“A big shoutout to our (human resources) staff for helping us out to make this work, so I couldn’t be prouder. I think it turned out wonderful, and it really showcases the great people we’ve got,” Goddard said. “We have a hard time getting good people and keeping good people, so I hope we are moving in the right direction with this.”
Strateligent was the Brainerd-based advertising agency that produced the videos.
“It’s already bringing forward those people that watched the video and truly are interested, which I think is a big step,” Goddard said.
In other business, the county board:
Approved the hiring of Mike Patras, community services probation agent.
Approved the promotion of Robert Hall, land services senior property assessor.
Accepted the departure of Marcus Hierl, land services customer service specialist; Jamie Johnson, highway engineering aide; Cory Pekarek and Rex Smith, sheriff’s office corrections officers; Abby Eggum, human resources assistant; and Mary Weidell, community services social worker.
Authorized entering into a memorandum of understanding between the county and the Crow Wing Soil and Water Conservation District, the Big Pine Lake Association and Crosslake for the Pine River Fish Passage Project 2020, which will replace the 49-year-old Big Pine Lake Rock Dam and restore upstream and downstream passage of fish and other aquatic life. The Crow Wing Crow Wing Soil and Water Conservation District obtained a Lessard-Sams Outdoor Heritage Grant in the amount of $1.25 million. The Big Pine Lake Subordinate Service District is funding the required grant match and Crosslake has agreed to any needed improvements to the city street that will be utilized as a haul road.
The memorandum replaces an earlier one approved Feb. 14, 2017, and updates the name of the grantor, grant award, grant match, responsible party for post-construction road repairs of Big Pine Trail and adds Crosslake as a partner. Contractor bids to install rock riffles to allow fish movement will be opened Aug. 20, and construction start date will be dependent on the weather and water levels but with a project completion date of Dec. 13, 2020.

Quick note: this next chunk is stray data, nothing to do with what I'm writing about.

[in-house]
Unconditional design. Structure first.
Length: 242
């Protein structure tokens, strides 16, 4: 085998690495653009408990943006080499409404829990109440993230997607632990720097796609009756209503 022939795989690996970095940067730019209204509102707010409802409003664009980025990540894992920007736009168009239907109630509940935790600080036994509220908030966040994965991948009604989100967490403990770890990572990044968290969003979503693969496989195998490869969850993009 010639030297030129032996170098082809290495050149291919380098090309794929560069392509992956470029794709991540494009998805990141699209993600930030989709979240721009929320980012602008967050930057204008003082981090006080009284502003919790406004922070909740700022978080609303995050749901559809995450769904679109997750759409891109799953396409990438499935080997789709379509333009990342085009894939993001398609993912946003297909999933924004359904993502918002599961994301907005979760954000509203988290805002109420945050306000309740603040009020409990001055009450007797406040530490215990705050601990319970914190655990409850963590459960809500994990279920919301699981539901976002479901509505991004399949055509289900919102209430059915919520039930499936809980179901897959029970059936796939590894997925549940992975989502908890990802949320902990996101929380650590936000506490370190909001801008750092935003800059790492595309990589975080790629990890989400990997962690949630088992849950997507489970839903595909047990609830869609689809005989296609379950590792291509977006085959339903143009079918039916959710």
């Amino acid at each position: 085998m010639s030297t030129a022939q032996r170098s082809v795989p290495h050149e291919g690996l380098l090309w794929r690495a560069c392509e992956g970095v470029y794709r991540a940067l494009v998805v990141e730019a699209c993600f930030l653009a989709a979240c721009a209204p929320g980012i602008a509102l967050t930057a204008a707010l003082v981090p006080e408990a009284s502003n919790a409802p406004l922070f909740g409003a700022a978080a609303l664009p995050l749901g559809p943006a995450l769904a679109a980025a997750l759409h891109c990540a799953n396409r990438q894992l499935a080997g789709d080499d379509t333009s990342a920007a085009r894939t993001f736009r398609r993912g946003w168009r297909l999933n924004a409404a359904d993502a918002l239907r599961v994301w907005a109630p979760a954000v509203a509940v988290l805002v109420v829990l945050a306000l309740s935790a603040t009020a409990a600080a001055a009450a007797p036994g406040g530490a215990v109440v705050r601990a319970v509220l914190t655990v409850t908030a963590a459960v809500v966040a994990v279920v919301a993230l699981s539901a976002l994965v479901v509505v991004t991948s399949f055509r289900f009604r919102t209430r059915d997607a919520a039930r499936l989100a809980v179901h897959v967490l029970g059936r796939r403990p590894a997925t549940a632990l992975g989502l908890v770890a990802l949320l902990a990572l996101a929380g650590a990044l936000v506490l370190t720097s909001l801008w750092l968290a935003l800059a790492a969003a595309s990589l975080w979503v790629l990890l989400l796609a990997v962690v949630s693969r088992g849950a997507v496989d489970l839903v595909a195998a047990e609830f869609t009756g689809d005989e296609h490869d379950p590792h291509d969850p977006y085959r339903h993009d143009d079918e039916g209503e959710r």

Approved the county policy regarding fleet vehicle or equipment replacement. Minor changes have been added to the existing policy. The purpose of this policy is to provide staff with technical information to help with vehicle or equipment procurement and replacement for all fleet vehicles and equipment owned by the county.
Approved final payment to DLL Excavating Inc. of Little Falls for the total contract of $331,196.73 for aggregate surfacing of county roads 105 and 141, and in the first and second assessment districts.
Approved a two-year permit for a non-motorized hunter/hiking trail system for the Ruffed Grouse Society (Drumming Log-Brainerd Chapter). The permit is for a 25-foot-wide trail that runs through Mission, Timothy and Gail Lake townships and the city of Fifty Lakes.
Accepted a donation in the amount of $10,000 from the county child protection team to support the operation of the Parent Works group, facilitated by community mental health providers with the purpose of providing parenting education and support to families that are involved in the child protection system.
Updated the 2019 geographic information system fee schedule as on file in the office of the county administrative services director. The revisions included the elimination of fees associated with parcel data and “orthoimagery,” which is an aerial photograph or satellite imagery that is geometrically corrected so that the scale is uniform.